Is artificial intelligence the “single most transformative technology in modern history?” That’s the view of Tom Chittenden, who leads WuXiNextCODE’s AI program. And Tom is not alone in his enthusiasm, as numerous analysts are predicting this technology will be one of the fastest growing fields in the world.
In recent talks at Boston’s BioIT World and the EmTech conference in Hong Kong, Tom described some of the strides we’ve been making with our DeepCODE AI tools. Their power is in part thanks to a novel, causal statistical-learning method and deep-learning classification strategy. But another advantage is that they were built on—and are extending the reach of—our global platform for genomic data. That means that Tom’s team has that rare combination of both of the key ingredients to AI making an impact in biomedicine: cutting-edge algorithms AND deep domain expertise and access to the biggest datasets.
Tom—who also holds appointments at Harvard, MIT, and Boston Children’s Hospital—and his growing team have the former in spades; our platform and expertise in genomics provide a key edge in the latter. Our platform has been built over more than 20 years and today underpins the majority of the world’s largest genomics efforts and includes all major global reference databases. It stores, manages, and integrates any type of genomic data and correlates it with phenotype, ‘omics’, biology, outcome, and virtually any other type of data that may be relevant to a particular medical challenge.
That means that we can routinely train and test our AI tools on some of the most comprehensive data sets in the world, such as that in The Cancer Genome Atlas (TCGA). “Today we can take ‘omics data and clinical information and map those to curated resources such as SNOMED CT and biomedical ontologies, and then use AI to identify patterns that lead us to novel findings,” Tom says.
This is a powerful approach to tease out which of hundreds of genetic variants are really involved in a particular disease, based on which ones are actually associated with aberrant expression pathways. You may find hundreds of genetic mutations in a single type of breast cancer tumor, for example, but it is determining which ones are drivers of the disease that matters.
Put simply, AI can lead us to both better diagnoses and easier discovery of more and better drug targets, by taking a range of genomic data and marrying it to clinical information and scientific knowledge. AI is not just going to better match patients to the right drugs, it is going to help further our understanding of the relationships between genes and complex molecular signaling networks, one of the most challenging arenas in our field and the most sought-after starting point for discovering validated pathways and targets.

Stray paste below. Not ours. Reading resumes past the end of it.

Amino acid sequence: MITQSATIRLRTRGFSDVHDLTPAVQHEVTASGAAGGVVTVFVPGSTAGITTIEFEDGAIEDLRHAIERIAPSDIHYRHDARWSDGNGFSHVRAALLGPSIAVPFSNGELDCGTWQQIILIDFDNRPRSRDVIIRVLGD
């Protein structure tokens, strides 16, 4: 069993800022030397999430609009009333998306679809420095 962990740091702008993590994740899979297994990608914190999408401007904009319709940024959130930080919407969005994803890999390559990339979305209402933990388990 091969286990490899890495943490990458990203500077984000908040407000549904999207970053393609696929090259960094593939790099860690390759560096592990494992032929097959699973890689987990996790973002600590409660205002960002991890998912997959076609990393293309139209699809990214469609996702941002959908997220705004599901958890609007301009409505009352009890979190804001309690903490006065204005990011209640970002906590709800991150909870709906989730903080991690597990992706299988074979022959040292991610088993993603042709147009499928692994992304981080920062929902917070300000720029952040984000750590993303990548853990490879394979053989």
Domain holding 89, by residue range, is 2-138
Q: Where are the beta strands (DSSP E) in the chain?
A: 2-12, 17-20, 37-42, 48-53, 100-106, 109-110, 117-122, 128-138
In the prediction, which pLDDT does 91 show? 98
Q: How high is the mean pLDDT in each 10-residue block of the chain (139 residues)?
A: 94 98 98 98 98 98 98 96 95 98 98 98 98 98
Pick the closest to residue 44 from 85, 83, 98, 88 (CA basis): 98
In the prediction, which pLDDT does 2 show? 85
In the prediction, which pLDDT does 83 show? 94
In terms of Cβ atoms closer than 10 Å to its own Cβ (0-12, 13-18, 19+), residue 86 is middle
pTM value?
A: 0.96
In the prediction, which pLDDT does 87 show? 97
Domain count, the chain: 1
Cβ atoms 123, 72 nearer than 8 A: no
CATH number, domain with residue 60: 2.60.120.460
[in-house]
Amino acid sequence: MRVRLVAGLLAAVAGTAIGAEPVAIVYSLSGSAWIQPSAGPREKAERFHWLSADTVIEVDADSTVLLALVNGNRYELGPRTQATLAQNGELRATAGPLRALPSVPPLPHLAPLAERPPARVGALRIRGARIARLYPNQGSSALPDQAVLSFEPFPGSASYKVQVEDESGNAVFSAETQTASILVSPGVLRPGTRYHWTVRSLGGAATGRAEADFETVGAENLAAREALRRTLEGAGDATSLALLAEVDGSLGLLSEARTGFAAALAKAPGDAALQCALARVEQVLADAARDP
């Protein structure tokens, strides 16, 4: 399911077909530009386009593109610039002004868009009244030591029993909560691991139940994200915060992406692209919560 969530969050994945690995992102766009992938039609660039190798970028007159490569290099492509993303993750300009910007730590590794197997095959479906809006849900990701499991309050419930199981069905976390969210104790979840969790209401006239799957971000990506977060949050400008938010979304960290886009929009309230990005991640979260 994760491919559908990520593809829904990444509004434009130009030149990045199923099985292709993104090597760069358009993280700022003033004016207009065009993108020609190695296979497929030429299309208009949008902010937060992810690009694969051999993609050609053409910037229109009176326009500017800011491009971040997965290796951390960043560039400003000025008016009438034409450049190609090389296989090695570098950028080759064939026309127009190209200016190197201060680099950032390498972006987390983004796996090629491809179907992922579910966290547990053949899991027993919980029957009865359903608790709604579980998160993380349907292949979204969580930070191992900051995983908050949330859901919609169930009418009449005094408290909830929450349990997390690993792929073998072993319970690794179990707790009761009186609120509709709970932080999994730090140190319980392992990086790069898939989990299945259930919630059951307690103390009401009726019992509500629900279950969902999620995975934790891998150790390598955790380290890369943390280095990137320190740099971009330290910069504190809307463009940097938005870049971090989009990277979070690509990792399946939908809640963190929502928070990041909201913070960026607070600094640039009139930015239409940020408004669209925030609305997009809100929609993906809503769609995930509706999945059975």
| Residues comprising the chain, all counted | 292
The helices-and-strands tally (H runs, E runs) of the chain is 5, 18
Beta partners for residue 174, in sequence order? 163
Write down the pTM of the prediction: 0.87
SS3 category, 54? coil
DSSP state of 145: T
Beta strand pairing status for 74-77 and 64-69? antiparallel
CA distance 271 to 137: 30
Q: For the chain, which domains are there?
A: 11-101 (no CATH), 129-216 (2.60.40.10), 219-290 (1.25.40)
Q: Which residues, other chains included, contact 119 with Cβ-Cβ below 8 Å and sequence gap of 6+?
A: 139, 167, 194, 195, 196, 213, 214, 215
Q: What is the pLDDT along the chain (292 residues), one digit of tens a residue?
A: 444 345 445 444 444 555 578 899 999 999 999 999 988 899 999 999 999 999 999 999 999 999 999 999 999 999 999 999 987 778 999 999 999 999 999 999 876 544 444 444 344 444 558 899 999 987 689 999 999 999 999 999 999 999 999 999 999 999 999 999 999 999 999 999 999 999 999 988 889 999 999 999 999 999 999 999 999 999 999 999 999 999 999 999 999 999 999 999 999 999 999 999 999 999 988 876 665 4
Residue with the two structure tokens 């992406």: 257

Valuable insights in real-world medical challenges are already emerging from this AI effort uniquely developed on and applied to the genomic and medical data that counts.
WuXi NextCODE recently presented preliminary data from analyses using our novel AI technology to diagnose subtypes of tumors. Our DeepCODE tools were validated on six patient-derived tumor xenografts from mouse models, and then tested against approximately 8,200 human tumors from a collection of 22 cancer types in The National Cancer Institute’s TCGA collection. That study included five ‘omics data types. We achieved 98% accuracy overall, and our analyses of human breast and lung cancer subtypes were accurate in 96% and 99% of cases, respectively. This points to an improvement over current methods for matching patients to treatments for their particular cancer, and we have refined that accuracy further still. This capability is also going to be central to the development of liquid biopsies.
In another oncology study, using the same multi-omics data, DeepCODE identified a signal predictive of survival across 21 cancers, pointing to novel and holistic pathways for developing broad oncotherapies.
A recent study published in Nature, meanwhile, describes a potential new role for a well-known growth factor. That report, led by Yale University scientist Michael Simons, looked at blood vessel growth regulation—a crucial process in some very common conditions, including cardiovascular disease and cancer. Our Shanghai team provided RNA sequencing for this study. Our Cambridge AI team drove some of the key insights pointing to novel disease mechanisms.
Simons’ team studied knockout mice, whose fibroblast growth factor (FGF) receptor genes were turned off. They proved, for the first time, that FGFs have a key role in blood vessel growth, uncovering some metabolic processes that were “a complete surprise,” according to scientists on the team. Further, they mapped out pathways that could help provide new drug leads.
Our AI team is just getting started. We’re looking forward to many more intriguing findings from this group as they leverage their expertise and massive amounts of the relevant data to improve medicine and healthcare.